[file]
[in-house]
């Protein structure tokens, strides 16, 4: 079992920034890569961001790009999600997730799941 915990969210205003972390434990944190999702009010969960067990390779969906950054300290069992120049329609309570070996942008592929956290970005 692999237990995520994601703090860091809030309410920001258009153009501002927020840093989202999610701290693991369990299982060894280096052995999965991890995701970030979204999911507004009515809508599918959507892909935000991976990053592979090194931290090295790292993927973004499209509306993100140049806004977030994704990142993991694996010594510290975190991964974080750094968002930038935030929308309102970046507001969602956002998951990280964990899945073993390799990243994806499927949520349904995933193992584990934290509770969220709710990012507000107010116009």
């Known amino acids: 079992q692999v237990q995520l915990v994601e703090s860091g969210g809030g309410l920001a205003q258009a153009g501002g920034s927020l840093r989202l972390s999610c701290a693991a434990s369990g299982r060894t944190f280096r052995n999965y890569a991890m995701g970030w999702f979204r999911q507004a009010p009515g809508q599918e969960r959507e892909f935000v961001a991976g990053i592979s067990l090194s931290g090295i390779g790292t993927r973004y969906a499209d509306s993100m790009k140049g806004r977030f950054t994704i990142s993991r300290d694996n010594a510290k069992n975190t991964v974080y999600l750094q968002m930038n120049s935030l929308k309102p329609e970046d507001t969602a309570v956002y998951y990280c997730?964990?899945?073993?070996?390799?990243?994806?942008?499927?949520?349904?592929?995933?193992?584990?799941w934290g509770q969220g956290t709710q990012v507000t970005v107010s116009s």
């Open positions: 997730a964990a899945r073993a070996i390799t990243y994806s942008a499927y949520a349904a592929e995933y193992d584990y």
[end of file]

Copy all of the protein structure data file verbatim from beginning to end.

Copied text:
[in-house]
């Protein structure tokens, strides 16, 4: 079992920034890569961001790009999600997730799941 915990969210205003972390434990944190999702009010969960067990390779969906950054300290069992120049329609309570070996942008592929956290970005 692999237990995520994601703090860091809030309410920001258009153009501002927020840093989202999610701290693991369990299982060894280096052995999965991890995701970030979204999911507004009515809508599918959507892909935000991976990053592979090194931290090295790292993927973004499209509306993100140049806004977030994704990142993991694996010594510290975190991964974080750094968002930038935030929308309102970046507001969602956002998951990280964990899945073993390799990243994806499927949520349904995933193992584990934290509770969220709710990012507000107010116009």
């Known amino acids: 079992q692999v237990q995520l915990v994601e703090s860091g969210g809030g309410l920001a205003q258009a153009g501002g920034s927020l840093r989202l972390s999610c701290a693991a434990s369990g299982r060894t944190f280096r052995n999965y890569a991890m995701g970030w999702f979204r999911q507004a009010p009515g809508q599918e969960r959507e892909f935000v961001a991976g990053i592979s067990l090194s931290g090295i390779g790292t993927r973004y969906a499209d509306s993100m790009k140049g806004r977030f950054t994704i990142s993991r300290d694996n010594a510290k069992n975190t991964v974080y999600l750094q968002m930038n120049s935030l929308k309102p329609e970046d507001t969602a309570v956002y998951y990280c997730?964990?899945?073993?070996?390799?990243?994806?942008?499927?949520?349904?592929?995933?193992?584990?799941w934290g509770q969220g956290t709710q990012v507000t970005v107010s116009s």
């Open positions: 997730a964990a899945r073993a070996i390799t990243y994806s942008a499927y949520a349904a592929e995933y193992d584990y």